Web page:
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Imagine a typical American farm. What do you see? Plowed fields! All those millions of acres of professionally farmed lands can lead us to believe that tilling is the best practice. Unfortunately, this is an example of conventional wisdom misguiding us. Large scale commercial farms destroy the soil through tilling, fertilizing and applying pesticides. The now unstructured soil blows away in the wind or washes away in heavy rain. As home gardeners, we can do better…. We can work with Nature to improve the fertility and structure of our soil by understanding the prime directive, which is to leave the soil alone!

No till farming is simply the practice of planting the earth with the least disturbance. Keeping the soil structure intact is critically important because healthy soil is an amazingly complex community composed of many thousands of species of inter-related organisms. This “Soil Food Web” works in concert with plants in an ongoing trade of nutrient commodities – Plants synthesize and provide carbohydrates for the soil microbes and the little guys reciprocate by producing nitrogen compounds that plants need. It’s a beautiful system….. Until someone flips it upside down!

A rich garden soil takes many years to develop. At first, fungi and bacteria aggregate soil particles and create the texture and structure necessary for good moisture and air movement. Once this structure is in place, more organisms move in, which increases soil productivity. What drives soil productivity is something called “nutrient recycling” which is really just a “poop loop” generated by organisms eating plant stuff, each other or each other’s poop…… You don’t need to think about this when you pick your gorgeous veggies!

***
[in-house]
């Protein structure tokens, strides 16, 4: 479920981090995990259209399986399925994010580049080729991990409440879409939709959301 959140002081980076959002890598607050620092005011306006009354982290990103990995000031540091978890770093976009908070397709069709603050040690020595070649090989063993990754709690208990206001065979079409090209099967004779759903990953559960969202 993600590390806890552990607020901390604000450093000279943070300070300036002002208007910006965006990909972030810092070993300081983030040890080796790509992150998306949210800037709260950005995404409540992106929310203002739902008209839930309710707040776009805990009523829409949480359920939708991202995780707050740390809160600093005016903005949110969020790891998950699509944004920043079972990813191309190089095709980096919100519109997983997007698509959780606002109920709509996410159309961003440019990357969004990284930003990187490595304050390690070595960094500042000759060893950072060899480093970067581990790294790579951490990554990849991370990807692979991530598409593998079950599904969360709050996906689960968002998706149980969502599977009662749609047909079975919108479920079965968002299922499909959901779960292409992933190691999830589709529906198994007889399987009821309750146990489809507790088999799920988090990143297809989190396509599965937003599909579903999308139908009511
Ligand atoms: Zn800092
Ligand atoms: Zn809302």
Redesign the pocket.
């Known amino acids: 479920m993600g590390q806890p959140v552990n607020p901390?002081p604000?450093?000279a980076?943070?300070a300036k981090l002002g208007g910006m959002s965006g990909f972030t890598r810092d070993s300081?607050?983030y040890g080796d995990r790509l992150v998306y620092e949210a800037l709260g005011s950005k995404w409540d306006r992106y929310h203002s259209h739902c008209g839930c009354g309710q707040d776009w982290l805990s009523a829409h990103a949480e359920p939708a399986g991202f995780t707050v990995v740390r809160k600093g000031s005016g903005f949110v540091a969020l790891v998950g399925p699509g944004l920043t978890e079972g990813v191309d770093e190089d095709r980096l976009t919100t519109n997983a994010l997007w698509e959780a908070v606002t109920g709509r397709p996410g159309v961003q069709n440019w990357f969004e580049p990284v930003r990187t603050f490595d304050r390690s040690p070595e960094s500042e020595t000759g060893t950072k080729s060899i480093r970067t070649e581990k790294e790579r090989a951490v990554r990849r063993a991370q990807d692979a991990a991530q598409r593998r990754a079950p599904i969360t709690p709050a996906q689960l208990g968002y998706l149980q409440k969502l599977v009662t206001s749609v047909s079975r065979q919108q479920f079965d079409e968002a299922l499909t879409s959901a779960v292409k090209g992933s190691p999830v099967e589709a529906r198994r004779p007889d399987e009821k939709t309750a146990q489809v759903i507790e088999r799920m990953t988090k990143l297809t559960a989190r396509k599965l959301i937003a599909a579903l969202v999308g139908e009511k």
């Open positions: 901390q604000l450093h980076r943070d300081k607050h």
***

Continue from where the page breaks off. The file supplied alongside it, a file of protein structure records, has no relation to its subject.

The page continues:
Envision the soil as a metropolis like New York City. At the lowest levels of the city, there are pipes, wires and cables all intertwined in a million miles of intelligent tangle that actually keeps the whole system running somewhat smoothly (the fungi). Then there are the layers of beings: They catch rides through tunnels, on the streets and even up and down through vertical tubes (the bacteria). Some beings stay low all the time while others get close to the sky because that’s where they make their living! All of the big moving parts of the city are totally dependent on the beings and the intelligent tangle (the protozoa, amoebae, nematodes, arthropods and worms). Flip this city upside down with a giant shovel, or worse, roto-till it, and the intricately organized system is destroyed and most of the life with it.

So, how do you garden without messing with the soil? Here are some simple practices:

• Fertilizing – Adding a food source for the soil microbes can improve the living energy and productivity of your soil. Natural granular fertilizers (manure, animal or feed based) can be applied to the soil surface prior to top-dressing with compost. It’s important to cover with compost. Late fall or early spring are the best times.

• Composting – Top dress with compost to add diversity to the Soil Food Web and provide food and habitat for larger organisms.

• Planting – This is the easiest part. Once you’ve determined the proper spacing for your specific varieties, simply plant your seeds or seedlings with the least amount of digging possible. Any soil you remove from a hole should be spread at the surface and it’s always a good idea to top dress again with compost in the disturbed area.

After several years of the no till approach with consistent composting your soil should be naturally loose and aerated enough to plant with your bare hands.

Pete Bottomley, AOLCP
Coast of Maine Organic Products

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